Following a challenging growing season, harvest has been more stressful than usual across much of the Midwest this year. More farm accidents occur during harvest than at any other time of the year. I know many of you have heard radio messages or seen stories in print publications promoting farm safety during this, National Farm Safety and Health Week.
For the past several years I have tagged along with members of the Jacksonville office of Farm Credit Services of Illinois as they served complimentary “Meals in the Field” to farm families in the area during National Farm Safety & Health Week. Over the course of the week, more than one-hundred Illinois farm families will be served a hot lunch and a farm safety message
As a young farm broadcaster covering local ag events in the mid-80′s, it was impossible not to notice that so many of the hands I was shaking were missing thumbs and fingers, and in some cases, entire arms. Gone are the corn pickers that mangled so many of those limbs, but we still have harvest equipment, PTO shafts, agri-chemicals, and power tools. I have many friends who have been injured in farm accidents, and sadly, I have lost friends to farm accidents.
A neighbor was doing some “brush-hogging” and ran over some tangled electric fence wire. He felt it hit him in the back, but thought nothing of it until he felt the warm blood soaking through his shirt. He went home where his daughter cleaned the wound. When his wife came home from work he told her that he had a metallic taste in his mouth. At 10:30 that night, the emergency room doctors told him he had a piece of wire an inch and a half long piercing his lung.
My assistant’s grandfather was grinding feed for turkeys when he somehow got pulled into the PTO and was killed. Another acquaintance came between a cow and her new calf and was thrown against a gate, ending up with several bruises and a couple of broken ribs.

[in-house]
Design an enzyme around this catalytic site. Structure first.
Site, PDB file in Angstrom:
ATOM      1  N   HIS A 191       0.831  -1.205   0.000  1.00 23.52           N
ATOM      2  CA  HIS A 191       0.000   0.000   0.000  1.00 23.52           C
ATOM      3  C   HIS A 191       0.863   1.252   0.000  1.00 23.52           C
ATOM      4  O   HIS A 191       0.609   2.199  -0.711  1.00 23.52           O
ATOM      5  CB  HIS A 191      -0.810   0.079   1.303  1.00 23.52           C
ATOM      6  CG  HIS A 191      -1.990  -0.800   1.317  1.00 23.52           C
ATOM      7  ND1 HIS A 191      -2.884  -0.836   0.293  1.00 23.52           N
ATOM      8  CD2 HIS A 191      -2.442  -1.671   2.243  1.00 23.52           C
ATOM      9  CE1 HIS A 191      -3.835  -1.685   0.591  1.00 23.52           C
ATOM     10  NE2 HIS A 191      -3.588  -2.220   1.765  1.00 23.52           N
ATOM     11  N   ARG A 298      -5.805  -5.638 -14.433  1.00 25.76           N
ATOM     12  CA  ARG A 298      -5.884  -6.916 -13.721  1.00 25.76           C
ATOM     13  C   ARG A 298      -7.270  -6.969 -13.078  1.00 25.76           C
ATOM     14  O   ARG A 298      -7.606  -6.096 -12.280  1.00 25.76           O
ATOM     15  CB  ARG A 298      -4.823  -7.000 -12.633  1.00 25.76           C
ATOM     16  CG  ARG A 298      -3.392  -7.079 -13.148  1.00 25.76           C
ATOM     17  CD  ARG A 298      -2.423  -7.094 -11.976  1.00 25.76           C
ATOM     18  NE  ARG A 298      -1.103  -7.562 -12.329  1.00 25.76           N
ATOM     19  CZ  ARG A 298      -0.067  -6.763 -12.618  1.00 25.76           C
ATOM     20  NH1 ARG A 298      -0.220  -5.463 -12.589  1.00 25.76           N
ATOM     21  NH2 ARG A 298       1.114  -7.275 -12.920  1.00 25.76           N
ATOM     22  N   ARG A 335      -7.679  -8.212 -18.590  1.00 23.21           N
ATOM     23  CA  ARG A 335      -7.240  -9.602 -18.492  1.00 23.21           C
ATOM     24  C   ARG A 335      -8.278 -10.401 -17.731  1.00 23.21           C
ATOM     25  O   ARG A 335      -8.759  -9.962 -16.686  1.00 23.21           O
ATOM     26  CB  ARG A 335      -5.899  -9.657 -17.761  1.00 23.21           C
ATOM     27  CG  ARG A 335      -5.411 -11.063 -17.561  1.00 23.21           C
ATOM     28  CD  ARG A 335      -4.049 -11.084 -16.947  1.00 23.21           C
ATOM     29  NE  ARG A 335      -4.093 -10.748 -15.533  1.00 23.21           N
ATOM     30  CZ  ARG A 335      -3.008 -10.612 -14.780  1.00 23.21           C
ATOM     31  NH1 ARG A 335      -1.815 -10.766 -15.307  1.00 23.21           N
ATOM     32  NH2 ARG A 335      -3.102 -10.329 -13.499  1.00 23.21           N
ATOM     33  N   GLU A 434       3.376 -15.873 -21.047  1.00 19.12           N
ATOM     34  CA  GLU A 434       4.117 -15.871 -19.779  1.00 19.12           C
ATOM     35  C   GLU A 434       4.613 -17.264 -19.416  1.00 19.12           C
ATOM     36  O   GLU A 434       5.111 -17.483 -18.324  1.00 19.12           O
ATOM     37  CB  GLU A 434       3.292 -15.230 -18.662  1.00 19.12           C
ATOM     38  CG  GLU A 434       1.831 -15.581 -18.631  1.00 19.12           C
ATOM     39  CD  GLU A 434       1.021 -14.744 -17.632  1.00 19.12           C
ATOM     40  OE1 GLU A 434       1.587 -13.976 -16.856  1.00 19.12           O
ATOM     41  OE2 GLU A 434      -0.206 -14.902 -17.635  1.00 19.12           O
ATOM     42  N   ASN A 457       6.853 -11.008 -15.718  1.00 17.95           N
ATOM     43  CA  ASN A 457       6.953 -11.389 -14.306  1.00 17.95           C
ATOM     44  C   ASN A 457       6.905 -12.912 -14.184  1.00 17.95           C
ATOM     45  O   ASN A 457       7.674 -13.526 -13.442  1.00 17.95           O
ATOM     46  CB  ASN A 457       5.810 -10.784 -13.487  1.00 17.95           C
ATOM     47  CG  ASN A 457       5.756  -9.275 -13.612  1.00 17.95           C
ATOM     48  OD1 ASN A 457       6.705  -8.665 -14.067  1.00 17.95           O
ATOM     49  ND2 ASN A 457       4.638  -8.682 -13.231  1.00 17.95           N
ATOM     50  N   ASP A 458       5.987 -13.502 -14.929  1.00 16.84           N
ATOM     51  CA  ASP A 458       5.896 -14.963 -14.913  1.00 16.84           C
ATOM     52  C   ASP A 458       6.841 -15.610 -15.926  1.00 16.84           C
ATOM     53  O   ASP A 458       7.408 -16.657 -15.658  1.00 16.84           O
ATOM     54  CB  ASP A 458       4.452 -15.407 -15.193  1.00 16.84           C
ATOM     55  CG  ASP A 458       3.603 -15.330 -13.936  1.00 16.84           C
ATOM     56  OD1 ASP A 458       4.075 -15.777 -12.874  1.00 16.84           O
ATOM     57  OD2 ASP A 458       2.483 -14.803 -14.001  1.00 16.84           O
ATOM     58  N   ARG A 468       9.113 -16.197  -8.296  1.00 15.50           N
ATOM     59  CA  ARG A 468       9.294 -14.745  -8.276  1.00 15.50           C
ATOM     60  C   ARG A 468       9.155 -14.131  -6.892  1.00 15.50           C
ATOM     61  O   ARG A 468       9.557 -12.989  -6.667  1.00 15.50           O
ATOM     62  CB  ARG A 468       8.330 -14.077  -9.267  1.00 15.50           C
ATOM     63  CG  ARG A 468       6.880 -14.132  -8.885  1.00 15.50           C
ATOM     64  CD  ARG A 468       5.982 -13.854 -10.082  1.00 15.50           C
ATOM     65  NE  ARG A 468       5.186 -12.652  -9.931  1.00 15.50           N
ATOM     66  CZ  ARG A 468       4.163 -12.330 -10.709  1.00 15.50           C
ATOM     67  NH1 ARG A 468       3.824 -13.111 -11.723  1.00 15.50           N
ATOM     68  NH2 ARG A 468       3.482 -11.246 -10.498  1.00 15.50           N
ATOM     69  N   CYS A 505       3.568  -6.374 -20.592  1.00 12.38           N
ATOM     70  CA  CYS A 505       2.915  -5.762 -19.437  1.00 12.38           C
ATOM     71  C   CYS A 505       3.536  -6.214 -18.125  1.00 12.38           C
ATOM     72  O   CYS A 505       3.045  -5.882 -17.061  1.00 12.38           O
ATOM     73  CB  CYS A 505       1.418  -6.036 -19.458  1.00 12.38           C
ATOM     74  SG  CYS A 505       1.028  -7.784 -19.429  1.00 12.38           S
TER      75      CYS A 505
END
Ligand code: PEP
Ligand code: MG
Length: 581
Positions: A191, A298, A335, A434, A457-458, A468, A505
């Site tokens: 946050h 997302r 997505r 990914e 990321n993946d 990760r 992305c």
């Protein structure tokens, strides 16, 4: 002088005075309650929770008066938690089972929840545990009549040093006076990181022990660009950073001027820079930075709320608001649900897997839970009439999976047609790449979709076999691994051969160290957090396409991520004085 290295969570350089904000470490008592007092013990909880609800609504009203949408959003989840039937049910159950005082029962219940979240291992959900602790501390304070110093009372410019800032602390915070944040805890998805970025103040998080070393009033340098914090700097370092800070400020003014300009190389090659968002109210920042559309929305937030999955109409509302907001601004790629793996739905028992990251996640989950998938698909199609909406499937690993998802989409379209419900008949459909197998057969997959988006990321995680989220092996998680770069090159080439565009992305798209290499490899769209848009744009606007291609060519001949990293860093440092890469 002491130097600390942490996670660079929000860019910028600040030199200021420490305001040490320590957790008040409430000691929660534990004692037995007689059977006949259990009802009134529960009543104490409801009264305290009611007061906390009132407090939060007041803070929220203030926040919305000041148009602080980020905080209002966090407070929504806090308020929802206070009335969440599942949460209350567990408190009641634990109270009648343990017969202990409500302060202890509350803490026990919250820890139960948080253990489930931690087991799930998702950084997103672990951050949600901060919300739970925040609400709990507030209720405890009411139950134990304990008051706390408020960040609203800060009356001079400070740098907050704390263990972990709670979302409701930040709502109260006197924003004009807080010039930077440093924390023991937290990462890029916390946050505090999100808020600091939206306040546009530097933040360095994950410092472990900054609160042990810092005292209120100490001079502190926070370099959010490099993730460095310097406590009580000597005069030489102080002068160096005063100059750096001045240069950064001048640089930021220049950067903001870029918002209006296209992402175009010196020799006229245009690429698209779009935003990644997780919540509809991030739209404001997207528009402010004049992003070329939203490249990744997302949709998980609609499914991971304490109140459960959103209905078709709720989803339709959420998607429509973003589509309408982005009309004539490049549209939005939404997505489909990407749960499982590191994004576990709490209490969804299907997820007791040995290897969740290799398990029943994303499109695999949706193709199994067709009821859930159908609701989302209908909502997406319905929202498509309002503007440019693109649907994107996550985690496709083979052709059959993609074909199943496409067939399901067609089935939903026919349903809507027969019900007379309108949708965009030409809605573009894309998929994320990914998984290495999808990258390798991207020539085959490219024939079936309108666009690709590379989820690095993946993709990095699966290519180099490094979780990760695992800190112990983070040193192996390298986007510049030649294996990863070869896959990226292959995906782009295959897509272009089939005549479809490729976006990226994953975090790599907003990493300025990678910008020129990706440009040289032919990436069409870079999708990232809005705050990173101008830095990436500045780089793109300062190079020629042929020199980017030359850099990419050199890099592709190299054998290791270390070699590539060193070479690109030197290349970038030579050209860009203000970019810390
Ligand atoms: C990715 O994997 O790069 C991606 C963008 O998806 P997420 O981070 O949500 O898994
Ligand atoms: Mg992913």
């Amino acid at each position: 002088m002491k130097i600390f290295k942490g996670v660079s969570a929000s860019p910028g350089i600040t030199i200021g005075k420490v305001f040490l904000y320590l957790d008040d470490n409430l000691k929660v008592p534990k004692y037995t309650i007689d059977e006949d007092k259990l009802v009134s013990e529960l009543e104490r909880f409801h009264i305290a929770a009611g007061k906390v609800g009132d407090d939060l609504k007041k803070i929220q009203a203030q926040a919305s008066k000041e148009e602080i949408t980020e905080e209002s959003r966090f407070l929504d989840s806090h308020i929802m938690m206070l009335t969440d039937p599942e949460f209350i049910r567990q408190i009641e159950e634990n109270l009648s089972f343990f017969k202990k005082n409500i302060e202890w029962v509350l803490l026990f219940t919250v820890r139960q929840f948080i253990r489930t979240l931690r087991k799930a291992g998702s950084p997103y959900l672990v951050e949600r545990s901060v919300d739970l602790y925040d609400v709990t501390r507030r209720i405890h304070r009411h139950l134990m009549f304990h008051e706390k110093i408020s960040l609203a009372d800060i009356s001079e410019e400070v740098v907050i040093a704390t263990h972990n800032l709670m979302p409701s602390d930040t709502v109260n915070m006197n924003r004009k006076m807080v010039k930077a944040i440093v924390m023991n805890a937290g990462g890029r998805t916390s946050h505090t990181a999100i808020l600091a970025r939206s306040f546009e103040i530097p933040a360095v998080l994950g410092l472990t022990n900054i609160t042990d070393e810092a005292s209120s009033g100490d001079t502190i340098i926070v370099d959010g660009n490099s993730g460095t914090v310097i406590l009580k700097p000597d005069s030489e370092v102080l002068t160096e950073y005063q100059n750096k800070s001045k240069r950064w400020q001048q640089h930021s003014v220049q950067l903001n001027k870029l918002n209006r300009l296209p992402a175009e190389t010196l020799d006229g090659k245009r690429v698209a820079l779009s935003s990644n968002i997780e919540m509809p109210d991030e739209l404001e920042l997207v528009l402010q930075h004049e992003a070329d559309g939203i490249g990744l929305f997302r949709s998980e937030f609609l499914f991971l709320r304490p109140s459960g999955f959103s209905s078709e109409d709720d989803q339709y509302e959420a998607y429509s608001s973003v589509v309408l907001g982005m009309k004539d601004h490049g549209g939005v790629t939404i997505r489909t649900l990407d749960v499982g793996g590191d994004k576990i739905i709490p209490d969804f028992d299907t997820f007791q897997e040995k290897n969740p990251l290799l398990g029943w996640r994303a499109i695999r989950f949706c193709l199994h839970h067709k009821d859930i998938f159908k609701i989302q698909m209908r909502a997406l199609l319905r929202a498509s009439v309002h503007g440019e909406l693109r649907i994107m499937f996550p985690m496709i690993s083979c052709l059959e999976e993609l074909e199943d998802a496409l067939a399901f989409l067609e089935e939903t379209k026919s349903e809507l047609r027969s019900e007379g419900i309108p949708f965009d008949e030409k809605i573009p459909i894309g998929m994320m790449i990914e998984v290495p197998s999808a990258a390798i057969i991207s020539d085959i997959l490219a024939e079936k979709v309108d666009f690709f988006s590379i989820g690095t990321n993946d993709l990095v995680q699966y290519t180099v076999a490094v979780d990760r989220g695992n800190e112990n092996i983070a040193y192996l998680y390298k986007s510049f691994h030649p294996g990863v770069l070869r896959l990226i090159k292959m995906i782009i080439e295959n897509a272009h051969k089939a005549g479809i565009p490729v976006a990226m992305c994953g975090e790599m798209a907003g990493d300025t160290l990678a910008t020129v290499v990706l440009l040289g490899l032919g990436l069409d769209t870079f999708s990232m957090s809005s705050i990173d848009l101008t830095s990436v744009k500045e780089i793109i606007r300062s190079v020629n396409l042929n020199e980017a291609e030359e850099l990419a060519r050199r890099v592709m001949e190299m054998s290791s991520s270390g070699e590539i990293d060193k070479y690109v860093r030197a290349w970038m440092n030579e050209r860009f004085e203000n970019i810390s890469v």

A friend of mine was “in a hurry” to clean sow stalls a few years ago. Snow was blowing and drifting around the barn where she was using a power washer with a gas motor to do her work. The barn was drafty enough, she thought. She could see the feed sack stuffed into the window above her moving with the winter wind, and snow blowing through the space between window and paper. It was cold in that barn with a winter wind blowing in on her as she washed those crates. Certainly it would be alright to close the barn door for just a few minutes. We’ve all been there, haven’t we?
When my friend began to feel sick, thank God she walked to the door instead of to the pit to vomit. She barely made it to the door before she passed out, hitting the side of her head on a concrete block. It was that same winter wind and snow that she was trying to get away from that was blowing in her face when she came to.
Be aware. You know what you need to do to make your farm a safer place – whether it’s tearing down old fence so you don’t catch it in the chopper, scraping the mud and ice from the tractor platform, or simply being aware and staying calm when working with cattle. It all adds up.